For several years members of the Atlanta/Fulton County Library Authority, the agency responsible for area library service, have proposed abandoning its Central Library, Marcel Breuer’s last built project before his death, for a new “iconic” library. The structure is similar in character to the recently restored and adapted Met Breuer, the former Whitney Museum in Manhattan. The stated justification for this proposal is one part criticism of Brutalist architecture and one part failure to maintain the relevancy of the library system in a time when the primacy of the printed book is being called in to question by a plethora of digital offerings.
Public sculpture in New Jersey is plentiful (numbering over seven hundred pieces statewide), with works by significant artists that tell many fascinating stories about our history, our values, and our aspirations. Generally, the sculpture created for placement in the public realm in New Jersey and beyond during the 19th and 20th centuries was always more stylistically conservative than sculpture created for broad artistic purposes, even within the oeuvre of a single artist. During the Modern era, this continued to be the case, with most works produced in a representational rather than abstract style.
Baltimore’s public schools are home to over 120 public art commissions—most of these works tied to a local boom in school building construction during the 1960s and 1970s. While some are the work of nationally known modern artists and designers, like Michio Ihara, Gyorgy Kepes, and Harry Bertoia, others are the work of artists, architects and designers with a regional practice or local following; some of whom had few commissions outside of Baltimore, or no public work outside of these midcentury school buildings.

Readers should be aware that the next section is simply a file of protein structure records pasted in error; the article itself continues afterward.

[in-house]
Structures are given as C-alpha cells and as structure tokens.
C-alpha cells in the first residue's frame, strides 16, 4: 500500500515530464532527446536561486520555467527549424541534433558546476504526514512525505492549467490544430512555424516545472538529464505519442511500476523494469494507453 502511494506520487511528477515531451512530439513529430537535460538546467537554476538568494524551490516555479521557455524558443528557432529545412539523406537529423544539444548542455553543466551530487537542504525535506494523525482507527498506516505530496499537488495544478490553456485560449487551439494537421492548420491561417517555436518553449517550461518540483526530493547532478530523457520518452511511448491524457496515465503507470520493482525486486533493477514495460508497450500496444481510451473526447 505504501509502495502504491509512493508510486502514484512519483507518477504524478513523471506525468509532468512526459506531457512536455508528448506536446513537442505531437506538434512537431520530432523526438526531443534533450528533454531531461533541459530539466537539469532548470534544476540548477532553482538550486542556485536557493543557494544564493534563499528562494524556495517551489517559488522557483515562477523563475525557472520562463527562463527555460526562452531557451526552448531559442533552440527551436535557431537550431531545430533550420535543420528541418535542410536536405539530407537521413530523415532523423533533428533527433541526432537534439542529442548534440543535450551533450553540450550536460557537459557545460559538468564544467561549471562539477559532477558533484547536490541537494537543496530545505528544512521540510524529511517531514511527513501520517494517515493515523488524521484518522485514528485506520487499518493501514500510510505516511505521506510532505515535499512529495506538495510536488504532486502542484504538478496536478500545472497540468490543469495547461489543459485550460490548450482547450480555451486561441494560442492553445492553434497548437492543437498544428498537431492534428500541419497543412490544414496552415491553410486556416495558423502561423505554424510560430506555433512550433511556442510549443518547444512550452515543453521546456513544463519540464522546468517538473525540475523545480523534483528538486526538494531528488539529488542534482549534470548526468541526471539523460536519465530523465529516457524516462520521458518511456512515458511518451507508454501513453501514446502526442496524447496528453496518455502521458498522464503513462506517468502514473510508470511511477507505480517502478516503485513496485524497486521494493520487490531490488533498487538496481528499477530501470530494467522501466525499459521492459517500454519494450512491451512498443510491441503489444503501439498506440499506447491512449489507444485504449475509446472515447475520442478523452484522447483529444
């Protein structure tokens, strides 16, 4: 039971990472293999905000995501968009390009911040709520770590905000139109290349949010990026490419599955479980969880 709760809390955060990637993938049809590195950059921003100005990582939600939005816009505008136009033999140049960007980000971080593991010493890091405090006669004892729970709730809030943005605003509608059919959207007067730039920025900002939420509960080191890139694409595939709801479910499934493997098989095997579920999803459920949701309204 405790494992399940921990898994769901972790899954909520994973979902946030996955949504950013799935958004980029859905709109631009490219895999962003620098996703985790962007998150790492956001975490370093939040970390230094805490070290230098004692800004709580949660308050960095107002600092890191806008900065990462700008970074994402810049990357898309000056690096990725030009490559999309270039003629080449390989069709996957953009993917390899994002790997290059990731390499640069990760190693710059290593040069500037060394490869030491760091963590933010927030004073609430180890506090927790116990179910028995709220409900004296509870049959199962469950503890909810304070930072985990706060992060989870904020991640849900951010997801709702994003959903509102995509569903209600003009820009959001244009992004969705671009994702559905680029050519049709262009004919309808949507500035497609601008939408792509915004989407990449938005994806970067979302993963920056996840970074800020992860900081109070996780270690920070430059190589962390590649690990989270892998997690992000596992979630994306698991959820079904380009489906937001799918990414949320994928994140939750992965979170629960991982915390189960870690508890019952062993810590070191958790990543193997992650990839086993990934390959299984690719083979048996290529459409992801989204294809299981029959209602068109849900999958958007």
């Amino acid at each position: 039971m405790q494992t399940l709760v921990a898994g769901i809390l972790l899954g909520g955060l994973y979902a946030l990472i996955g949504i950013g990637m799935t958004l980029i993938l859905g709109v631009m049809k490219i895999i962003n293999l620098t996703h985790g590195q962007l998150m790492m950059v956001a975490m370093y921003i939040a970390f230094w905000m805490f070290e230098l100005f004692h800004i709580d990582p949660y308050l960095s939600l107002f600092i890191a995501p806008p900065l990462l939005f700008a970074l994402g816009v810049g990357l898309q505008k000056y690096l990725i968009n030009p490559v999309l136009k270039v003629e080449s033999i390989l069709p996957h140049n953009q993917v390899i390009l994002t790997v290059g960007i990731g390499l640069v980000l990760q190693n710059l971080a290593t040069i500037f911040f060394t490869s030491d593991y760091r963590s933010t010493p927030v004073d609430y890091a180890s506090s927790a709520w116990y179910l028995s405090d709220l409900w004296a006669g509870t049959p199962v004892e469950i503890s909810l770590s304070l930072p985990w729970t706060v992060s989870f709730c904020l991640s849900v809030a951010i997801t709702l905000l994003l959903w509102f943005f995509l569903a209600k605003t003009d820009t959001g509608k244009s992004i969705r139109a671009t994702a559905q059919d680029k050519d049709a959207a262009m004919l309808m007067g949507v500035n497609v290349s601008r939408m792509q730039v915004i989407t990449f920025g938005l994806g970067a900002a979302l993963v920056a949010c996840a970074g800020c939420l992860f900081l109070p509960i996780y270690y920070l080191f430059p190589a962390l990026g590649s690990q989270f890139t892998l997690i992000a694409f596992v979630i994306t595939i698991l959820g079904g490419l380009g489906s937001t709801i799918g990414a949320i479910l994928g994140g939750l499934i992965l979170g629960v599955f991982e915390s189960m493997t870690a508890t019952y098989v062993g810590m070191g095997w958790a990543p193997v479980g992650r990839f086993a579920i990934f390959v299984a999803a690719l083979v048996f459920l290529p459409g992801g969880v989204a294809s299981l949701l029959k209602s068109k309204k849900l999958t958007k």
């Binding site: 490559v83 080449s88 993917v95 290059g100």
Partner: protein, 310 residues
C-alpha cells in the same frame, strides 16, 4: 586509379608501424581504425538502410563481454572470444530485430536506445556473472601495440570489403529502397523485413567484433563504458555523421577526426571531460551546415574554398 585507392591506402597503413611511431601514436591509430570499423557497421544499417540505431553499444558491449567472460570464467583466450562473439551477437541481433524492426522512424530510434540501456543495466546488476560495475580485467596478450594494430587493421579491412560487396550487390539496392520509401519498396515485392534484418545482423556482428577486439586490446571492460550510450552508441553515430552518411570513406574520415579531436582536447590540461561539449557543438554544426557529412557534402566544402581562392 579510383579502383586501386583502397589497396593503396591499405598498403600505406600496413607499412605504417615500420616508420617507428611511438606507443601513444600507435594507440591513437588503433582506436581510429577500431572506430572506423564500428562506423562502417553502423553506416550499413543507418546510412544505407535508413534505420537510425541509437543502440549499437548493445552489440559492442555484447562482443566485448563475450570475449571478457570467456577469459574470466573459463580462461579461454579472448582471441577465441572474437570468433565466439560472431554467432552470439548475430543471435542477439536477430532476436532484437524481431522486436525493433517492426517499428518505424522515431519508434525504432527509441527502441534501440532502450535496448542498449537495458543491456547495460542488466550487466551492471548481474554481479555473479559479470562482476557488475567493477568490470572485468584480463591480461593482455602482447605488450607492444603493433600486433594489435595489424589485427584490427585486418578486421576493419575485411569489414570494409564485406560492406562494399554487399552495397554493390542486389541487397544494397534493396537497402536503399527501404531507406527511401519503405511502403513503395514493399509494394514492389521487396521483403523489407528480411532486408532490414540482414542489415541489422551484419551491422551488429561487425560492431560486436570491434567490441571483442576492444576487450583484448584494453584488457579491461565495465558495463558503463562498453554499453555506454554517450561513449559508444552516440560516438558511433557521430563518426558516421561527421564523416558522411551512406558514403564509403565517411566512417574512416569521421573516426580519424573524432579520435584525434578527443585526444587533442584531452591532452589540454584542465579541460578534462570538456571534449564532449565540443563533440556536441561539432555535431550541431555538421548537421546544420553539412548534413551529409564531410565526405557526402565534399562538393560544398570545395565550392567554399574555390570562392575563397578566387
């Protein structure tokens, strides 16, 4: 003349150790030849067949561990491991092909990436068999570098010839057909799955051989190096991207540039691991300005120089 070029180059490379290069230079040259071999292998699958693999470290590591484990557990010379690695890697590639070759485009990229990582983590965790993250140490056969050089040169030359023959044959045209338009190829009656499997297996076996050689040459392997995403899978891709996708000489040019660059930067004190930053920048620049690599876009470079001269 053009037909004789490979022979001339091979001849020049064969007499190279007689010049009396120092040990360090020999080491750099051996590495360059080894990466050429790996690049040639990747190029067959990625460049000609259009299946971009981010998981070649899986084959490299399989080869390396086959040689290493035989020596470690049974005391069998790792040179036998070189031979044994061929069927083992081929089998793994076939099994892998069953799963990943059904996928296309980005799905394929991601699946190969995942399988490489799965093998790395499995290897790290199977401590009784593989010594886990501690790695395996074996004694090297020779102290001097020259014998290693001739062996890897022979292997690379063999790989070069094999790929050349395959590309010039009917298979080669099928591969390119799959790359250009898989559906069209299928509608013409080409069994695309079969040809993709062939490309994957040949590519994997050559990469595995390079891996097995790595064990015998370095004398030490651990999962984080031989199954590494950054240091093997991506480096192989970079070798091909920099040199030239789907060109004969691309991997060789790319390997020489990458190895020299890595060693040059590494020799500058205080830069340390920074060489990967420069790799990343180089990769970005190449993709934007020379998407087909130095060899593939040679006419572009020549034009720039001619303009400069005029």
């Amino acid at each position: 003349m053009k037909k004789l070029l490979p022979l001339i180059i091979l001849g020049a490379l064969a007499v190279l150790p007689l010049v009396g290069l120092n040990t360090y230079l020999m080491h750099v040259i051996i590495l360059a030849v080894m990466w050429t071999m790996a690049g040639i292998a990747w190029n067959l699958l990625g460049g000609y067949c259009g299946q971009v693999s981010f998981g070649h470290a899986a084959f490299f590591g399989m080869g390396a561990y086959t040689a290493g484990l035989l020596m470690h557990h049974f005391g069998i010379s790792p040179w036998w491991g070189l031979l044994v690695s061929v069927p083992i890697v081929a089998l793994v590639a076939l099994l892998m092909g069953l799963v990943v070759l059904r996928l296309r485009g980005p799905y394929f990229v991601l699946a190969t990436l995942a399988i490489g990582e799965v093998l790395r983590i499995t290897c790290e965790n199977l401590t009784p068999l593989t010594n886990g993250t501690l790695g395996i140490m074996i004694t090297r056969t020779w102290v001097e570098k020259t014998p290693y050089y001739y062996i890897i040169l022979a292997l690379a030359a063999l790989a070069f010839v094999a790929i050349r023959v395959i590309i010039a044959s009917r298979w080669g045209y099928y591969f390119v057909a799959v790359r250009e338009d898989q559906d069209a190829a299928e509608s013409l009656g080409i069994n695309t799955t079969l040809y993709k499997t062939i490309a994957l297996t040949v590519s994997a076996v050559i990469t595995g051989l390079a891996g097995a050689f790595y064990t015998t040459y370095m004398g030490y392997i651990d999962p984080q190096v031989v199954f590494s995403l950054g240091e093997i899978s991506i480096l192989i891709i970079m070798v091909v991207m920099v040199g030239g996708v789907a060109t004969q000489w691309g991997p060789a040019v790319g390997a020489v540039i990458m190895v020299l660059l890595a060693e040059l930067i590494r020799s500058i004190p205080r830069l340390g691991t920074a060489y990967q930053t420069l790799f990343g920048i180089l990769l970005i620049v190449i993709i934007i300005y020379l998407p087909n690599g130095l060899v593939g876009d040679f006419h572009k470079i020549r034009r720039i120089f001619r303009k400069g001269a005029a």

Detroit’s first ideas for a vast urban plaza at the terminus of Woodward Avenue and fronting on the Detroit River were laid in 1924, when the Detroit branch of the American Institute of Architects commissioned Eliel Saarinen to design it. The project was never fully realized. Perhaps Isamu Noguchi knew of this history when he responded to the invitation by the City of Detroit to submit plans for the Horace E. Dodge & Son Fountain at that same location just shy of fifty years later.
Louis I. Kahn’s Alfred Newton Richards Medical Research Laboratory (Richards Building) at the University of Pennsylvania holds a unique place in the history of 20th century culture as one of the most influential buildings of the post-war era. Designed 1957-58 and completed in 1961, the Richards Building received international attention for its design before it was even completed, garnering a solo exhibition of the design at the Museum of Modern Art in New York, but its considerable functional shortcomings have been the target of much venom for over fifty years.
At the Docomomo US, Modern Matters, conference April 2013 in Sarasota, Florida, Docomomo US/Oregon presented a debate on the merits of Michael Graves Portland Building and on the larger context of Post Modernism in general. A lively debate at the end of the presentation centered on the merits of Docomomo incorporating Post Modern under the mission of the organization. In general, the support, or lack of support, for an expanded interpretation separated into two distinct viewpoints.